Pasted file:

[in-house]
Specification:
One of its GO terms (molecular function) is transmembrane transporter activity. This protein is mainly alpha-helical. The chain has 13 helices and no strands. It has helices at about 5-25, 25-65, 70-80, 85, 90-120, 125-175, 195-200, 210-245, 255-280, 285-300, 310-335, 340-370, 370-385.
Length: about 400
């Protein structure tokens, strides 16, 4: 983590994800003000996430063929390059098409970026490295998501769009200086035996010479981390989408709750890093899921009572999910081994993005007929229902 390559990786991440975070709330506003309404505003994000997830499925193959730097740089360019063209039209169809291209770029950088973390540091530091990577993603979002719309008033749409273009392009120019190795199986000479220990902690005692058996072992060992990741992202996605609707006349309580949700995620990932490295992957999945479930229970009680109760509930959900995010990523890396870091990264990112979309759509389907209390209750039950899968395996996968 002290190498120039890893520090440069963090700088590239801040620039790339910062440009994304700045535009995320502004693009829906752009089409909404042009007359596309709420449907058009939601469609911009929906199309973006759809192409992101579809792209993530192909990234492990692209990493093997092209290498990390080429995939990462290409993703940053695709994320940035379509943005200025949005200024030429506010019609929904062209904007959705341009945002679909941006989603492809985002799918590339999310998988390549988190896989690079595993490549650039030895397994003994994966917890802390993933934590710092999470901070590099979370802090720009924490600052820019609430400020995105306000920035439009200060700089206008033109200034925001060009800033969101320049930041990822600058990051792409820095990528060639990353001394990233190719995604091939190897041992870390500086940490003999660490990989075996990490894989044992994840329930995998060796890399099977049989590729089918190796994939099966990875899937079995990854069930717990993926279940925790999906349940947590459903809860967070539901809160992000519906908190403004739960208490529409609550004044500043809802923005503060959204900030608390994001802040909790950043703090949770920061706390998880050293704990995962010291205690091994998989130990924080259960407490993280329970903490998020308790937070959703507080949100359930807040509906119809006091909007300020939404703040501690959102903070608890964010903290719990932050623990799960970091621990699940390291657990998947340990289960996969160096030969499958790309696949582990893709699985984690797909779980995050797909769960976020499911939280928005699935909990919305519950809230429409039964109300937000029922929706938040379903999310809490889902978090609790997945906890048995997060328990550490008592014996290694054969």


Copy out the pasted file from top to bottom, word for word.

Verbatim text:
[in-house]
Specification:
One of its GO terms (molecular function) is transmembrane transporter activity. This protein is mainly alpha-helical. The chain has 13 helices and no strands. It has helices at about 5-25, 25-65, 70-80, 85, 90-120, 125-175, 195-200, 210-245, 255-280, 285-300, 310-335, 340-370, 370-385.
Length: about 400
């Protein structure tokens, strides 16, 4: 983590994800003000996430063929390059098409970026490295998501769009200086035996010479981390989408709750890093899921009572999910081994993005007929229902 390559990786991440975070709330506003309404505003994000997830499925193959730097740089360019063209039209169809291209770029950088973390540091530091990577993603979002719309008033749409273009392009120019190795199986000479220990902690005692058996072992060992990741992202996605609707006349309580949700995620990932490295992957999945479930229970009680109760509930959900995010990523890396870091990264990112979309759509389907209390209750039950899968395996996968 002290190498120039890893520090440069963090700088590239801040620039790339910062440009994304700045535009995320502004693009829906752009089409909404042009007359596309709420449907058009939601469609911009929906199309973006759809192409992101579809792209993530192909990234492990692209990493093997092209290498990390080429995939990462290409993703940053695709994320940035379509943005200025949005200024030429506010019609929904062209904007959705341009945002679909941006989603492809985002799918590339999310998988390549988190896989690079595993490549650039030895397994003994994966917890802390993933934590710092999470901070590099979370802090720009924490600052820019609430400020995105306000920035439009200060700089206008033109200034925001060009800033969101320049930041990822600058990051792409820095990528060639990353001394990233190719995604091939190897041992870390500086940490003999660490990989075996990490894989044992994840329930995998060796890399099977049989590729089918190796994939099966990875899937079995990854069930717990993926279940925790999906349940947590459903809860967070539901809160992000519906908190403004739960208490529409609550004044500043809802923005503060959204900030608390994001802040909790950043703090949770920061706390998880050293704990995962010291205690091994998989130990924080259960407490993280329970903490998020308790937070959703507080949100359930807040509906119809006091909007300020939404703040501690959102903070608890964010903290719990932050623990799960970091621990699940390291657990998947340990289960996969160096030969499958790309696949582990893709699985984690797909779980995050797909769960976020499911939280928005699935909990919305519950809230429409039964109300937000029922929706938040379903999310809490889902978090609790997945906890048995997060328990550490008592014996290694054969």